‘True Detective’ Director Cary Fukunaga Still Adapting Stephen King’s ‘IT’

Published 8 months ago by , Updated February 12th, 2014 at 10:45 am,

stephen king it movie director True Detective Director Cary Fukunaga Still Adapting Stephen Kings IT

Stephen King properties continue to prosper on the small screen (see: Haven, Under the Dome), even as multiple film adaptations – based on the iconic pop horror/suspense novelist’s work – have started to make their way down the pipeline. Indeed, in the past few months, we’ve seen (among other developments) the Pet Sematary remake enlist a new director, Warner Bros. actively scouting for a filmmaker to helm The Stand, and the Cell movie adaptation finishing up its casting in order to begin production this year.

One King project that we haven’t reported on since 2012 is IT, a big-screen treatment of King’s hefty best-selling novel, published in 1986 and made into a famous TV mini-series four years later (starring Tim Curry as the clown monster, Pennywise, who haunted many a child of the ’90s’ dreams). Last time we tuned in, acclaimed cinematographer-turned writer/director Cary Fukunaga had just been recruited to get the ball rolling again, after the project had spent the previous few years trudging along to, essentially, a complete stop (at that time).

Producer Dan Lin (Sherlock Holmes) added a new hit intellectual property to his belt this past weekend when The LEGO Movie opened big at the box office, and while promoting the animated feature/toy adaptation, he provided Collider (hat tip STYD) with an update on Fukunaga’s prospective IT adaptation:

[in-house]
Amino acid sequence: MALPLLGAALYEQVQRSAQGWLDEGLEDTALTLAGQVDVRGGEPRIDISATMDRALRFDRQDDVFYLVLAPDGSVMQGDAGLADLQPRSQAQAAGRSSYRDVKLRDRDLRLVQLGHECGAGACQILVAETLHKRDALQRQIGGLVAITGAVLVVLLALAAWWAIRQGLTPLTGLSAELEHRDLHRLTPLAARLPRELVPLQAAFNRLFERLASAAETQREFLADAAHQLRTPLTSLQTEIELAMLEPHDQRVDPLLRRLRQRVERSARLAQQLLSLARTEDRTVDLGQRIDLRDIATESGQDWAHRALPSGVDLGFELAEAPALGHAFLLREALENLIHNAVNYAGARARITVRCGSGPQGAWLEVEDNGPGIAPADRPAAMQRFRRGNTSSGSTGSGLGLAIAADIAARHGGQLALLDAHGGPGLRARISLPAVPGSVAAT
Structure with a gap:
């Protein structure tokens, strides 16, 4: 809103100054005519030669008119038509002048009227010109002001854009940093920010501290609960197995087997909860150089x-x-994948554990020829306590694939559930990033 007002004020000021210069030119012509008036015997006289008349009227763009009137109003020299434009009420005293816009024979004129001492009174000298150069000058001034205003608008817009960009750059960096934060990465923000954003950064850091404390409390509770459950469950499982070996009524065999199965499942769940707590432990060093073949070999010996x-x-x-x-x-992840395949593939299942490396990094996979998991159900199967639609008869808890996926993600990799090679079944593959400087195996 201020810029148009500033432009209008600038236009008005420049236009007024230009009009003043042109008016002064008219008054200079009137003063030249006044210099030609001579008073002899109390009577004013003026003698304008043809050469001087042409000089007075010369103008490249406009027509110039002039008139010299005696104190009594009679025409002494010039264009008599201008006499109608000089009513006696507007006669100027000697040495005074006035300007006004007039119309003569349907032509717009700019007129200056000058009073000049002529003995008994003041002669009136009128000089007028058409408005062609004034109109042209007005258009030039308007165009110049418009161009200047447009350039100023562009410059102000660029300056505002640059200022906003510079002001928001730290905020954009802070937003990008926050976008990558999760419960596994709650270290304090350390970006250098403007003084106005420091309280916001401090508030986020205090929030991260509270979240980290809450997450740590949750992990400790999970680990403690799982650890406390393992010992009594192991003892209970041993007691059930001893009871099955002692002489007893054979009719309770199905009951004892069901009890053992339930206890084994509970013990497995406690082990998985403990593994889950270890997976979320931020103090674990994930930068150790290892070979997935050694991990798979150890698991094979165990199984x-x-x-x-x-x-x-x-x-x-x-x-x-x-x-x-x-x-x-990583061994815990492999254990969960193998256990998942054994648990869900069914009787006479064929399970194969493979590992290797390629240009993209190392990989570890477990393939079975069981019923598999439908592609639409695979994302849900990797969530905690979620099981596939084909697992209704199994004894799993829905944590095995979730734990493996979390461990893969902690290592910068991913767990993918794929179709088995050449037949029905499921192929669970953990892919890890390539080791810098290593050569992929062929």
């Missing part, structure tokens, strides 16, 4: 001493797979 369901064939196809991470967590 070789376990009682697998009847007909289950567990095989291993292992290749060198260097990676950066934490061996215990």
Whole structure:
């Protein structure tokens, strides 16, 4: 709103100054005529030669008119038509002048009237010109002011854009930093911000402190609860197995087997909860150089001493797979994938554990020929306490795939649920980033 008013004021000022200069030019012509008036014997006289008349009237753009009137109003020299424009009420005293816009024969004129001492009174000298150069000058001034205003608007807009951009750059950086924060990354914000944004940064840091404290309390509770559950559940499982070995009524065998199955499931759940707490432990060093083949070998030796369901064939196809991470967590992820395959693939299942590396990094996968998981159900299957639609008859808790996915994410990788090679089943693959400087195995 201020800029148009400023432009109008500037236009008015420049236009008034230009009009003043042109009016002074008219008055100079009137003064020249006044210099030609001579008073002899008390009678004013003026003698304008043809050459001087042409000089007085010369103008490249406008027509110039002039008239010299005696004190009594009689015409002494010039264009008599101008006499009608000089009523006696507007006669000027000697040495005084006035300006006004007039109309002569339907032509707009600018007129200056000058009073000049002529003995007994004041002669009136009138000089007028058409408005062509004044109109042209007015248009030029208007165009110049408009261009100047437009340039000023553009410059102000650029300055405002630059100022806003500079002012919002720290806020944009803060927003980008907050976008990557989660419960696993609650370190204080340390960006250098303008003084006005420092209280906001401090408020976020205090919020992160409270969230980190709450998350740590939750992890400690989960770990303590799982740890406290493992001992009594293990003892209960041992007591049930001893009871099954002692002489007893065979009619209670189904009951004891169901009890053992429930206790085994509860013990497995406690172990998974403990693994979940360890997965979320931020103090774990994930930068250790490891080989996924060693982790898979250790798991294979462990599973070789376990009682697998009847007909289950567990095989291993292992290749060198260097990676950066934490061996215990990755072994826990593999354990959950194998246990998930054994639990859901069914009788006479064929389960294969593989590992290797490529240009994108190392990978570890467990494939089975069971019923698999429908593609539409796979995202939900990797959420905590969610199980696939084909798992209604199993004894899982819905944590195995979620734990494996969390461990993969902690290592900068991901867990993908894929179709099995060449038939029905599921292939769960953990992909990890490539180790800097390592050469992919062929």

“… Cary Fukunaga is writing and directing Stephen King’s It for me, and I’m really excited for that.  So I’m hoping that’ll be his next movie after the indie he’s shooting in Africa.  So I love what he did with True Detective.  I think it’s a great sample for Stephen King’s It.  So I’m really excited about that.”

The “indie he’s shooting in Africa” in this case refers to Beasts of No Nation, Fukunaga’s adaptation of Uzodinma Iweala’s novel – about an African child soldier – that will include award-winner Idris Elba (Pacific Rim) in a key role. According to previous reports, Fukunaga is going to be collaborating on the IT script with Chase Palmer – Fukunaga’s writing partner on the developing project No Blood, No Guts, No Glory – with the intention of covering King’s (more than) 1,000 pages-long source material during the course of two feature-length films.